<key>installed_size</key>
                    <integer>1285143</integer>
                    <key>packageid</key>
                    <string>com.microsoft.visual-studio</string>
                    <key>version</key>
                    <string>8.5.2</string>
                </dict>
            </array>
            <key>unattended_install</key>
            <true/>
            <key>uninstall_method</key>
            <string>removepackages</string>
            <key>uninstallable</key>
            <true/>
            <key>version</key>
            <string>1.45.1</string>
            </dict>

Example Munki Manifest

Notice that the format for the Munki manifest is similar to what Gorilla uses:

<?xml version="1.0" encoding="UTF-8"?>
<!DOCTYPE plist PUBLIC "-//Apple//DTD PLIST 1.0//EN" "http://www.apple.com/DTDs/PropertyList-1.0.dtd">
<plist version="1.0">
<dict>
        <key>catalogs</key>
        <array>
                <string>my_catalog</string>
        </array>
        <key>included_manifests</key>
        <array>
        </array>
        <key>managed_installs</key>
        <array>
                <string>munkitools_app</string>
                <string>munkitools_app_usage</string>
                <string>munkitools_core</string>
                <string>munkitools_launchd</string>
                <string>Firefox</string>
                <string>VSCode</string>
        </array>
        <key>managed_uninstalls</key>
        <array>
        </array>
        <key>managed_updates</key>
        <array>
        </array>
        <key>optional_installs</key>
        <array>
        </array>
</dict>
</plist>

You can also use AWS for your CDN.

Once you have your catalog and manifest ready, you can test this out from a macOS node by running the following commands from a terminal window. Run the first command from your macOS client to verify that the correct configuration got to that node and then run the second command to actually install the managed applications

sudo /usr/local/munki/managedsoftwareupdate --show-config

sudo /usr/local/munki/managedsoftwareupdate

Windows (Gorilla) Catalog and Manifest

Spend some time thinking about and planning what you ultimately want to put into your manifests and catalogs that your users can access. For simplicity, we will demonstrate installing Firefox and VS Code on clients to give you an idea of how to deploy for each OS type.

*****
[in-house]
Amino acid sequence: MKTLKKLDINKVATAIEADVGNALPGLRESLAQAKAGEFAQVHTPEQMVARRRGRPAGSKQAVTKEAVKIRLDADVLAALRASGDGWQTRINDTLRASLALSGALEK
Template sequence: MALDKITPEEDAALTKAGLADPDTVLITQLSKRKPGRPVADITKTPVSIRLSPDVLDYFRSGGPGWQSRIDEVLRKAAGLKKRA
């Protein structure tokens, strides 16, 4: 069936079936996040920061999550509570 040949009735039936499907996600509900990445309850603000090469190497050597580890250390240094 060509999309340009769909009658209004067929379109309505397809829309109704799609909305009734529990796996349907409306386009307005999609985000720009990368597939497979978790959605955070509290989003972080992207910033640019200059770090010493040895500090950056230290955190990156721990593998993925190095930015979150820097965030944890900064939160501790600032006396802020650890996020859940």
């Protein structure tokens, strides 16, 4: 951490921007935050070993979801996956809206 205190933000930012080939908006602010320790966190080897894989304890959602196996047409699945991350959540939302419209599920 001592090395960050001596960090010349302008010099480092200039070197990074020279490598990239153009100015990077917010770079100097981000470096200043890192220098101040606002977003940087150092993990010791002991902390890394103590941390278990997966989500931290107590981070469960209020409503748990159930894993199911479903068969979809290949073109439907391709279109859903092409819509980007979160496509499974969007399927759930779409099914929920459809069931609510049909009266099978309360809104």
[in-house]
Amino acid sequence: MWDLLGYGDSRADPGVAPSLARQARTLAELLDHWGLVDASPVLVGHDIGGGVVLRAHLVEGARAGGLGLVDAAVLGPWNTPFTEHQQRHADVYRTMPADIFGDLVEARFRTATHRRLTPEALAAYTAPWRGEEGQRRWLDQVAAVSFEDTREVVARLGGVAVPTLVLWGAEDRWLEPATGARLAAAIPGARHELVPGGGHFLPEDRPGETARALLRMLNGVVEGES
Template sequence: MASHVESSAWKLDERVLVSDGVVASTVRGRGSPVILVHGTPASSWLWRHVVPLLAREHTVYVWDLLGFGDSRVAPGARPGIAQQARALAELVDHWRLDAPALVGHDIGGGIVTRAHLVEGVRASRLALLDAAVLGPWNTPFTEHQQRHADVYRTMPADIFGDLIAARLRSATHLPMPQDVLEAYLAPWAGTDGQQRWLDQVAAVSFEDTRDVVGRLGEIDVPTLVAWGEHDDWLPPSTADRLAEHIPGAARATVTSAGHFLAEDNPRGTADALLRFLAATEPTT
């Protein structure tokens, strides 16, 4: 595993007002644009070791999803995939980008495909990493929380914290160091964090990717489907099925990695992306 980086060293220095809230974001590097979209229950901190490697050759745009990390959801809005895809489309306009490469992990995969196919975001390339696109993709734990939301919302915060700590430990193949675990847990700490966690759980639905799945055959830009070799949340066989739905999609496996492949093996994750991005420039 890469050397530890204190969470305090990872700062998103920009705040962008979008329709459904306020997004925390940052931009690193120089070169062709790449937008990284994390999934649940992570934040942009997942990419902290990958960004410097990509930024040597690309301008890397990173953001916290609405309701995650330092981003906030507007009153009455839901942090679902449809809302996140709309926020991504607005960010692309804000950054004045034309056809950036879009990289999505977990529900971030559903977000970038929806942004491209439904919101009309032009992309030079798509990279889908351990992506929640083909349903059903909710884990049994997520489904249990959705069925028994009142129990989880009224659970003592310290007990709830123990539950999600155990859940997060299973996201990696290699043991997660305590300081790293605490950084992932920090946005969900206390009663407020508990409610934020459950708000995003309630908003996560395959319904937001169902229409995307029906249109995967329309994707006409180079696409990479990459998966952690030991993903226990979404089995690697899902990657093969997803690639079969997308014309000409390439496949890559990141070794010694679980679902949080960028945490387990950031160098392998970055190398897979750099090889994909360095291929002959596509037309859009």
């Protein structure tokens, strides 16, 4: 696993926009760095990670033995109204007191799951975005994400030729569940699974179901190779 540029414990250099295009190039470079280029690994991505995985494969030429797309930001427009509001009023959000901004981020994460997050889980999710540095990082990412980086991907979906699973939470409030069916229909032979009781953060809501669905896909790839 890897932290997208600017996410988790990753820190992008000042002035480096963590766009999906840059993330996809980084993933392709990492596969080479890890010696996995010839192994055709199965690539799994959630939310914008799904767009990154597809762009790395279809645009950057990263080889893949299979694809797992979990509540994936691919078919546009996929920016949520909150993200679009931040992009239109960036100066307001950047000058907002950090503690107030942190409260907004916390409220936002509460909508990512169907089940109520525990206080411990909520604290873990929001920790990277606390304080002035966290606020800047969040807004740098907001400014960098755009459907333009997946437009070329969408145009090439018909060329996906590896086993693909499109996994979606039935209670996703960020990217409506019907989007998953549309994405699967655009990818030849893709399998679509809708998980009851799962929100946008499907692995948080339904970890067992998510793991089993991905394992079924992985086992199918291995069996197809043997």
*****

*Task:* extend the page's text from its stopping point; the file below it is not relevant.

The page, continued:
How Gorilla Operates

Save the config.yaml file to the /files directory of your Chef Desktop cookbook. Configuring the app resource in the Windows recipe file deploys the config.yaml setting to your Windows 10 desktops. The next time Gorilla checks in with your CDN, it pull down the manifest, parses the applications and catalog listings for loading, and finally loads the applications by first loading the catalog(s) and then attempting to load the apps from the catalog(s). To see this in action, use gorilla -d from the command line to get the debug output.

Gorilla Documentation

Sample Gorilla catalog.yaml

---
Chocolatey:
  display_name: Chocolatey
  check:
    file:
      - path: C:\ProgramData\chocolatey\choco.exe
        version: 0.10.15
  installer:
    hash: 0C1282378641E03564844D04881209AA946D7D2475049BE32B3151BD68F2758F
    location: packages/chocolatey/chocolatey_installer-1.0.ps1
    type: ps1
  version: 1.0

ChocolateyCoreExtension:
  dependencies:
    - Chocolatey
  display_name: Chocolatey Core Extension
  check:
    file:
      - path: C:\ProgramData\chocolatey\extensions\chocolatey-core\chocolatey-core.psm1
        hash: 376E6EDA567DDDD6AA70CFC9EC5380CE0EB1383BE83C2FBDC87F6FC79252E4E8
  installer:
    hash: 5ECEF3B776508CEBC4B52E9AC7F04D213C2045A6765F12E17545A5FBE2F41928
    location: packages/chocolatey/extensions/core/chocolatey-core.extension.1.3.5.1.nupkg
    type: nupkg
  version: 1.3.5.1

FireFox:
  display_name: Firefox
  check:
    file:
      - path: C:\Program Files\Mozilla Firefox\firefox.exe
        version: 75.0
  installer:
    hash: FF029F6E59D9D92D3AC5F8E837C973B641B3400980624D3A830DCFE55D4C71FC
    location: packages/firefox/Firefox Setup 75.0.exe
    arguments:
      - /S
      - /INI=c:\gorilla\cache\install.ini
    type: exe
  version: 75.0

VSCode:
  display_name: VSCode
  check:
    file:
      - path: C:\Program Files\Microsoft VS Code\Code.exe
        version: 1.45.1
  installer:
    location: packages/vscode/VSCodeSetup-x64-1.45.1.exe
    hash: E9E107CF53F8F06688C881E4616BD9A8553D012A657389399827E0EC2155633C
    arguments:
     - /VERYSILENT
     - /MERGETASKS=!runcode
    type: exe
  uninstaller:
    location: packages/vscode/VSCodeSetup-x64-1.45.1.exe
    hash: E9E107CF53F8F06688C881E4616BD9A8553D012A657389399827E0EC2155633C
    type: exe
  version: 1.45.1

Sample Gorilla Manifest.yaml

---
name: my_manifest
managed_installs:
  - Chocolatey
  - ChocolateyCoreExtension
  - VSCode
  - Firefox

managed_uninstalls:

managed_updates:

included_manifests:

catalogs:
 - my_catalog

Sample Gorilla config.yaml file

---
url: https://<your_cdn_name>.blob.core.windows.net/gorilla/
manifest: my_manifest
catalogs:
  - my_catalog
app_data_path: C:/gorilla/cache

Configuring Apps in a Private Store for Windows

We talked about a second way to get apps to your users in Windows. That method involves you licensing apps and then letting your users have them through your Private Microsoft Store. Follow the directions here to make that work for you.

Set up a Private Store in Azure

Final Checklist

You are almost ready to start the process. Please ensure that you have completed the following steps:

  • You have set up Apple Business Manager
  • You have imported the serial number for at least one of your macOS devices
  • You have configured your MDM in Apple Business Manager to accept your devices
  • You have set up and configured the MDM to accept devices from Apple Business Manager
    • You have all your certificates in place
    • You have built and uploaded the InstallApplications package and imported it into the MDM
  • If you are going to use Munki, confirm if the S3 bucket is correctly configured for it.

If all goes according to plan, then you should be ready to reset/restart your first node, have it pull down all the packages and/or scripts, load Chef Infra Client, and do the first client run.